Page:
Jump to ContentJump to Main Navigation
The Juvenile TraditionYoung Writers and Prolepsis, 1750–1835$
Users without a subscription are not able to see the full content.

Laurie Langbauer

Print publication date: 2016

Print ISBN-13: 9780198739203

Published to Oxford Scholarship Online: May 2016

DOI: 10.1093/acprof:oso/9780198739203.001.0001

Show Summary Details
Page of

PRINTED FROM OXFORD SCHOLARSHIP ONLINE (oxford.universitypressscholarship.com). (c) Copyright Oxford University Press, 2020. All Rights Reserved. An individual user may print out a PDF of a single chapter of a monograph in OSO for personal use. date: 28 October 2020



What Next? Felicia Hemans and the Changing Meaning of Juvenile Writing

(p.187) Conclusion
The Juvenile Tradition

Laurie Langbauer

Oxford University Press

Published as a teenager, Felicia Hemans (then Felicia Dorothea Browne) self-consciously fashioned a literary reputation in terms of youth throughout her career. Her shift in self-presentation exposes how juvenility changed from 1750 to 1835. She first identified with a tradition of classically trained juveniles, of schoolboy writing, and university prizes (an identity her gender made problematic, requiring an effort of self-assertion). With the rise of literary annuals and gift books in the 1820s and 1830s, she became regarded as the opposite—an intuitive, spontaneous “poetess.” The juvenile tradition was now also regarded in terms of girl poets and girl readers, a response to more visible possibilities for young women’s education. Understanding the poetess tradition in relation to the juvenile tradition advances recent feminist revaluations of literary annuals. Hemans’s proleptic sophisticated self-reflection on writing in her poetry helps modern critics interpret the juvenile tradition within the centuries that follow after her.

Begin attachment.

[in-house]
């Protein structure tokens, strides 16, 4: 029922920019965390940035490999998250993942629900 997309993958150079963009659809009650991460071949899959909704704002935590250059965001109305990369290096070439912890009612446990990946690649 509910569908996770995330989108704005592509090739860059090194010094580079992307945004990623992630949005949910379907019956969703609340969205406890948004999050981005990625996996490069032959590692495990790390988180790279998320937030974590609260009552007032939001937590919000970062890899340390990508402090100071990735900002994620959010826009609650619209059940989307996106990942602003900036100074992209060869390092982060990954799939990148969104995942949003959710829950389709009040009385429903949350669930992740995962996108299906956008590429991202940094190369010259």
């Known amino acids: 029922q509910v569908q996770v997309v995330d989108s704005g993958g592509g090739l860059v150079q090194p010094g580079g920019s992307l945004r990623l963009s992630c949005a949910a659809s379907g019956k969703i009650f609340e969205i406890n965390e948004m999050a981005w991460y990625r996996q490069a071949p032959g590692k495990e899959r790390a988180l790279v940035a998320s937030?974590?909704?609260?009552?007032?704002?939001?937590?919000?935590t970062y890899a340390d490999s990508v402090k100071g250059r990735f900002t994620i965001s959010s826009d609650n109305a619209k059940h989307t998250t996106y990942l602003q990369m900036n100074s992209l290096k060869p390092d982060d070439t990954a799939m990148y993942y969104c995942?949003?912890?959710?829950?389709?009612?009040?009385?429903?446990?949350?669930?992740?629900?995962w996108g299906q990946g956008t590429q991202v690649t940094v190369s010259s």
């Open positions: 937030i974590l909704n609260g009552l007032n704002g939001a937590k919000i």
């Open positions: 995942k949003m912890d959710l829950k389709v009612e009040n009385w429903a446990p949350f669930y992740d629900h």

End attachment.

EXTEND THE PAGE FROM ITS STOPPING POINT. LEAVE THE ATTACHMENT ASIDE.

Keywords:   Hemans, Felicia Browne, Felicia Dorothea Browne, literary annuals, gift books, poetess, girl readers, girl poet, juvenile, juvenilia

Oxford Scholarship Online requires a subscription or purchase to access the full text of books within the service. Public users can however freely search the site and view the abstracts and keywords for each book and chapter.

Please, subscribe or login to access full text content.

If you think you should have access to this title, please contact your librarian.

To troubleshoot, please check our FAQs , and if you can't find the answer there, please contact us .